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Samsung looks to follow HP with Chromebook Pro with stylus

Samsung may be launching a premium Chromebook with a stylus following a similar move from HP.

The device will feature a 2GHz hexa-core processor, 32GB onboard storage and 4G RAM, according to the information posted onto Samsung’s Korean website and seen by Sam Mobile before being removed.

It will also have a stylus called a PEN, making it the first Chromebook to use a stylus. The device is made out of aluminium and can apparently last up to 10 hours on a full charge.

It is expected to cost $499, according to the leak, and will be called the Chromebook Pro.

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HP announced the $499 Chromebook 13 earlier in 2016. This features a 13.3-inch 3,200-by-1800 “QHD+” display and 0.5-inch-thick all-aluminum chassis and can run with high-end Intel processors.

In May it was announced that Chromebooks would be able to download apps from the Google Play Store, bringing them into the Android ecosystem.

Chromebooks can download apps from the Google Play Store.

“Chromebooks have always been about making computing more accessible for everyone, and by bringing together the best of Android and Chrome OS, we are taking a big leap forward,” wrote Dylan Reid and Elijah Taylor, Chrome OS Software Engineers, in the blog announcement.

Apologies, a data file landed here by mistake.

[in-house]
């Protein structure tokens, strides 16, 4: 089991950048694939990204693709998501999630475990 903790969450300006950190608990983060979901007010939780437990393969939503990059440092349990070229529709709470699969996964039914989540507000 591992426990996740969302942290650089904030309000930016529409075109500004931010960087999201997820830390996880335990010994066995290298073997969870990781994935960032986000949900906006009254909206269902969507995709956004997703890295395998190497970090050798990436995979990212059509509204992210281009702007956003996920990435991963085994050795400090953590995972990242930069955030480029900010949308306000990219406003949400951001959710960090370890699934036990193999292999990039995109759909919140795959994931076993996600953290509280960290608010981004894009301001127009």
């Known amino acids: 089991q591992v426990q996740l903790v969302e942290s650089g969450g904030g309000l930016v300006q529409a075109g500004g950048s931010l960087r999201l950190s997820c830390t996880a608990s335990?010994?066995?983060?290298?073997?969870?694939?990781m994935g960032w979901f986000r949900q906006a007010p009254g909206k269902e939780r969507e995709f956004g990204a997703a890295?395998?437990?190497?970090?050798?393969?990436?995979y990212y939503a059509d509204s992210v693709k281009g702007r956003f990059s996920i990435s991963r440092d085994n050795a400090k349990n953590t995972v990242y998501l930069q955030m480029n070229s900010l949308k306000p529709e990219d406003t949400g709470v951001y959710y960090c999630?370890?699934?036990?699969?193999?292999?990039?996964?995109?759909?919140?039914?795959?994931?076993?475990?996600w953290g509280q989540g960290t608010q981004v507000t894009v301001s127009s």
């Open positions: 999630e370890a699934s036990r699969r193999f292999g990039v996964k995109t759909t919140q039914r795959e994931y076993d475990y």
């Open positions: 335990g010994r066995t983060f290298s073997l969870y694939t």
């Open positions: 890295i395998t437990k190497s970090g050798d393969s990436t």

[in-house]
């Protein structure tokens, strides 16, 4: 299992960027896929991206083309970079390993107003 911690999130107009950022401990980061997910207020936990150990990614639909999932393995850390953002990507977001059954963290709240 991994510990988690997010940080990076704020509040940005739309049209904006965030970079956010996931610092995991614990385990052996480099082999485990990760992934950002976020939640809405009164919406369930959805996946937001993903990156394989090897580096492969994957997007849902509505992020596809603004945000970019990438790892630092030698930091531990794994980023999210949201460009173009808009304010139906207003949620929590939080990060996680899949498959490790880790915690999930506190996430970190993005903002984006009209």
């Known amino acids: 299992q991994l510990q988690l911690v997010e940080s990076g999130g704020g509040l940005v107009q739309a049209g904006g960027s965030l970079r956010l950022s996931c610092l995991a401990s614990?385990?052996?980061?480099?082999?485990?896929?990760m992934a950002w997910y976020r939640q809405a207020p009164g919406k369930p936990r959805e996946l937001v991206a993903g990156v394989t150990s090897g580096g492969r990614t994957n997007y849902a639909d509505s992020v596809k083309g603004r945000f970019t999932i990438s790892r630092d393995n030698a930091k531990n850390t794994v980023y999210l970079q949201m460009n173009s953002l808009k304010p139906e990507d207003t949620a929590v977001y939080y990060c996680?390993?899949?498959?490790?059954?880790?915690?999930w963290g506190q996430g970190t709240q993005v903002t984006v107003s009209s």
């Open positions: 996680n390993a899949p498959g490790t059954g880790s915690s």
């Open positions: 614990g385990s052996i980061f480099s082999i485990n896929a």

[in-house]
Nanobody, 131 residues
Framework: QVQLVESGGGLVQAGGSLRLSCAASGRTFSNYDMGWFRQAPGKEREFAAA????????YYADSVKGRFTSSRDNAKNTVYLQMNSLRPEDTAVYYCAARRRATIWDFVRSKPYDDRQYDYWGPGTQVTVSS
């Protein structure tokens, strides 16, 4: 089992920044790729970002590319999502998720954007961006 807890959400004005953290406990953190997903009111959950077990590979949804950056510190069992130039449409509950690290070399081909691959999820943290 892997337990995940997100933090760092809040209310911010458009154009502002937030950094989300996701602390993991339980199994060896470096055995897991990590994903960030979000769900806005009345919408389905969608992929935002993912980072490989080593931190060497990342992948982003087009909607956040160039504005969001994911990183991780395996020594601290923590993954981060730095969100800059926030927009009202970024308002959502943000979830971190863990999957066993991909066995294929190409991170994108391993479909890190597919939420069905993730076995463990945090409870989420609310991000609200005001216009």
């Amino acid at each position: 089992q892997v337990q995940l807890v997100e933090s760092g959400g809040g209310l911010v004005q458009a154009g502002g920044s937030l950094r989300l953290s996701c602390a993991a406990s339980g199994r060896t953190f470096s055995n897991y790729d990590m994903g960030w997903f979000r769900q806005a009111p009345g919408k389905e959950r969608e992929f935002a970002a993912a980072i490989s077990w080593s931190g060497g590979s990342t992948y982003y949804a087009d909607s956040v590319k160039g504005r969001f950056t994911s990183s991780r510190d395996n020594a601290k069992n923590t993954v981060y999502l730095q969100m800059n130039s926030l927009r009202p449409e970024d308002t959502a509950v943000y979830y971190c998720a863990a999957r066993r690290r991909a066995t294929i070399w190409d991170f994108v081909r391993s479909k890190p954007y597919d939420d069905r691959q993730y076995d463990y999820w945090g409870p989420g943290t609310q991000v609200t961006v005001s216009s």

This includes Android apps such as Skype or Office, meaning that developers and companies can now easily build apps that are usable across smartphones, tablets and laptops.

First announced at the Google I/O conference in May 2011, Chromebooks run on Chrome OS.

They are notable for generally being considerably cheaper than a standard laptop, with HP, Acer and Asus models currently priced between £150 and £200 on Amazon.

The machines are designed to be used primarily while connected to the Internet, as the majority of the applications and documents live in the cloud, rather than on the device.

There is typically very little storage space on a Chromebook. The advantage of this is that it makes the device light to carry around and quick to start, as they use solid state drives.
This article is from the CBROnline archive: some formatting and images may not be present.